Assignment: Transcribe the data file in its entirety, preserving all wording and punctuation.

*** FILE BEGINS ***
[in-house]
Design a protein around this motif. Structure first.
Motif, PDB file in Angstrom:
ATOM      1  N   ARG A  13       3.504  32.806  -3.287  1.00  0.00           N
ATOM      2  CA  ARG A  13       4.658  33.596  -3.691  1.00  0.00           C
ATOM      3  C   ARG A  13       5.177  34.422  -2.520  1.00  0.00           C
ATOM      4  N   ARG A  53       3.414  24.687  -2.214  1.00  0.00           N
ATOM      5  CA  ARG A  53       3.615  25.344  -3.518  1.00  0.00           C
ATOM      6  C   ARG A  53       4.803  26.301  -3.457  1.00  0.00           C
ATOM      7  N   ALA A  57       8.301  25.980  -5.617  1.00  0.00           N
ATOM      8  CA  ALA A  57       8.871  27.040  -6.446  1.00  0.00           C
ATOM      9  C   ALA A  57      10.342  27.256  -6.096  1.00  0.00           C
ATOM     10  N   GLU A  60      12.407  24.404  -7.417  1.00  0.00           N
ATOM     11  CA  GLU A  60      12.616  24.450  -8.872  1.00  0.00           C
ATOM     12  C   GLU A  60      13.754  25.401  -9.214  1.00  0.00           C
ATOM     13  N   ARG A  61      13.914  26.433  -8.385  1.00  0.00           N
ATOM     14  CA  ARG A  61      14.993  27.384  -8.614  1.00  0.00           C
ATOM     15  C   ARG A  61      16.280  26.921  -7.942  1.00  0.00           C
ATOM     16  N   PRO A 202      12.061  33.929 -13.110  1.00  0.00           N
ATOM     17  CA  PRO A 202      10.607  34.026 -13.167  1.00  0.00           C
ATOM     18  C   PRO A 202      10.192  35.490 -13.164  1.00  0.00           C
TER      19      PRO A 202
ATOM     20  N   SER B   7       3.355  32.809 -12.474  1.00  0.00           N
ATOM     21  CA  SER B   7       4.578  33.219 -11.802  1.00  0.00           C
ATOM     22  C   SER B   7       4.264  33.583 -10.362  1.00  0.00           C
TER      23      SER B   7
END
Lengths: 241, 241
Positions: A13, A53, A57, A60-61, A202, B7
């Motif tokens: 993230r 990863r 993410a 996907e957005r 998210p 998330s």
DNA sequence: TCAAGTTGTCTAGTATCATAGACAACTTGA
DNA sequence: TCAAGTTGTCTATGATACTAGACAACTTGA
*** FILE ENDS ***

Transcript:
[in-house]
Design a protein around this motif. Structure first.
Motif, PDB file in Angstrom:
ATOM      1  N   ARG A  13       3.504  32.806  -3.287  1.00  0.00           N
ATOM      2  CA  ARG A  13       4.658  33.596  -3.691  1.00  0.00           C
ATOM      3  C   ARG A  13       5.177  34.422  -2.520  1.00  0.00           C
ATOM      4  N   ARG A  53       3.414  24.687  -2.214  1.00  0.00           N
ATOM      5  CA  ARG A  53       3.615  25.344  -3.518  1.00  0.00           C
ATOM      6  C   ARG A  53       4.803  26.301  -3.457  1.00  0.00           C
ATOM      7  N   ALA A  57       8.301  25.980  -5.617  1.00  0.00           N
ATOM      8  CA  ALA A  57       8.871  27.040  -6.446  1.00  0.00           C
ATOM      9  C   ALA A  57      10.342  27.256  -6.096  1.00  0.00           C
ATOM     10  N   GLU A  60      12.407  24.404  -7.417  1.00  0.00           N
ATOM     11  CA  GLU A  60      12.616  24.450  -8.872  1.00  0.00           C
ATOM     12  C   GLU A  60      13.754  25.401  -9.214  1.00  0.00           C
ATOM     13  N   ARG A  61      13.914  26.433  -8.385  1.00  0.00           N
ATOM     14  CA  ARG A  61      14.993  27.384  -8.614  1.00  0.00           C
ATOM     15  C   ARG A  61      16.280  26.921  -7.942  1.00  0.00           C
ATOM     16  N   PRO A 202      12.061  33.929 -13.110  1.00  0.00           N
ATOM     17  CA  PRO A 202      10.607  34.026 -13.167  1.00  0.00           C
ATOM     18  C   PRO A 202      10.192  35.490 -13.164  1.00  0.00           C
TER      19      PRO A 202
ATOM     20  N   SER B   7       3.355  32.809 -12.474  1.00  0.00           N
ATOM     21  CA  SER B   7       4.578  33.219 -11.802  1.00  0.00           C
ATOM     22  C   SER B   7       4.264  33.583 -10.362  1.00  0.00           C
TER      23      SER B   7
END
Lengths: 241, 241
Positions: A13, A53, A57, A60-61, A202, B7
């Motif tokens: 993230r 990863r 993410a 996907e957005r 998210p 998330s």
DNA sequence: TCAAGTTGTCTAGTATCATAGACAACTTGA
DNA sequence: TCAAGTTGTCTATGATACTAGACAACTTGA